Posts Tagged ‘ montsaskschool ’

My 10 Picture Tour


I have been procrastinating putting this together, but found a few minutes to do this post.  Below is my 10 picture tour of Montmartre School in Montmartre, Saskatchewan Canada.  My thanks to Cale and Brian for the idea and passing it along.  Cale’s original post is here.

A view from the street.  The melt is on!

The bench in the front lobby.  All students and staff made tiles for this bench, with the help of an artist.

A friend of mine did the sign above the bench in the lobby.

Our Playground Leaders program banner.

Some elementary artwork displayed.

The new daycare in our building.

Awards from MANY years.  I’ve thought about cleaning some out, but I still catch people looking at these for names.

Practical and Applied Arts Lab

The multi-purpose room.  Band, dance, etc. are taught here.

Our purpose.

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Communication in Action


How Do You Communicate With Your School and Community?

Over the summer months, I thought a lot about communication, with both staff, parents and community.  During that time, I weighed the many options available to our school using many formats, including social media.  With this in mind, I felt we should try the following this year:

1.  School web page w/blog: This is a fairly efficient way of disseminating information to the school community.  The set-up is fairly standard with tabs for various groups.  However, we now include a blog where we can submit posts and have parents comment to them.  The two-way communication is quite nice and one we need to promote.

2.  Twitter: We now have a Twitter account @montsaskschool.  This is ideal for quick bits of info. like updates, scores at sporting events, etc.  However, I would like to know exactly how other schools use Twitter, specifically, the school account. All my staff now have accounts and I need to continue to promote the use of Twitter with them, as it is such a great tool for educators.

3.  Synrevoice: We will continue to use this service provided to our school by the school division.  We can send messages out to our entire school population within one or two minutes using this phone service.  I believe we will use the service more for things like advising parents when newsletters go home, report cards, etc.  However, over use of this service can be an irritant for parents.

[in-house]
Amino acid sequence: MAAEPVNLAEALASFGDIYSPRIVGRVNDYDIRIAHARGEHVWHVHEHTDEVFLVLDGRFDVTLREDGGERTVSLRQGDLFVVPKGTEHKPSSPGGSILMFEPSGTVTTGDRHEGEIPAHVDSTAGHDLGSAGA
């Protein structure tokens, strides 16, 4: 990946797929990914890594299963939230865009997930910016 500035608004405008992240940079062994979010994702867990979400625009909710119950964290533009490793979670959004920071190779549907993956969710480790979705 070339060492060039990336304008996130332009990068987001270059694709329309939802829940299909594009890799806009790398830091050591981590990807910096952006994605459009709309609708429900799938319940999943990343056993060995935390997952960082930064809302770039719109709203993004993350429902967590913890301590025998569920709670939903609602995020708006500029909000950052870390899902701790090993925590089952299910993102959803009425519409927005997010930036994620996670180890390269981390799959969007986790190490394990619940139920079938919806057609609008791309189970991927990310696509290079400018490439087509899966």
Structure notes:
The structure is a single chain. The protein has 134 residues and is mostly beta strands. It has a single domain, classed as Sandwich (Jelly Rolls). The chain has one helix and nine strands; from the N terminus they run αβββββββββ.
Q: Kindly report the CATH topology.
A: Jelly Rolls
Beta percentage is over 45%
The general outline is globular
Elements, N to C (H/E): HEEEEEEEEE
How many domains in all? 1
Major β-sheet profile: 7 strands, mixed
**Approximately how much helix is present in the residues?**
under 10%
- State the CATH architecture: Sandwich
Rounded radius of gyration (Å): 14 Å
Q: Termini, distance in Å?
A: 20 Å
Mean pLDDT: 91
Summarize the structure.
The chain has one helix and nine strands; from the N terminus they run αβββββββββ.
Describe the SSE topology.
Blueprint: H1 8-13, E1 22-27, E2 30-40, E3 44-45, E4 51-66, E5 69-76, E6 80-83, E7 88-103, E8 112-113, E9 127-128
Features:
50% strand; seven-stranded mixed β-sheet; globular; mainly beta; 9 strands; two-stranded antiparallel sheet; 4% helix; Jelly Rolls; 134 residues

4.  Email: Because we are a rural community, not all parents have high-speed internet.  However, this service has improved over the past few years, so it is worthwhile getting all the parent email addresses we can.  This will be checked on the first day with reminders sent out.  One thing though – dial-up  does not download newsletters efficiently!

5.  Principals Newsletter: We have our monthly newsletter but are just changing the format a bit.  I am taking on the responsibility of  monthly correspondence to parents, similar to Eric Sheninger (except he writes a lot!)  My VP will do a “term” type of newsletter three times/year, using similar formats as in the past, but heavy on images and celebration items.  Many of these can be submitted to the division office for their communications.

6.  Our community newsletter: We have a students that submits items to our community “Positive Post.”  My role is to meet with the student before submissions so we can collaborate.

7.  Local newspaper: As needed.

8.  Facebook page: Is very familiar to all.  Not sure if we’re quite ready for this yet, but hopefully this year.  Great way to model proper use of media, is very efficient for embedding video, podcasts, etc.

I believe these methods will help with communication throughout the year.  Above all, I believe these are MANAGEABLE for us this year.  For any school based administrator, one should really investigate what communication methods can be handled effectively, and viewed by the school and greater community.  If the media does not fit, or cannot be administrated properly, don’t use it, as it will be of little use to anyone.  The “status” of having many social media formats also wears off quickly when not used properly.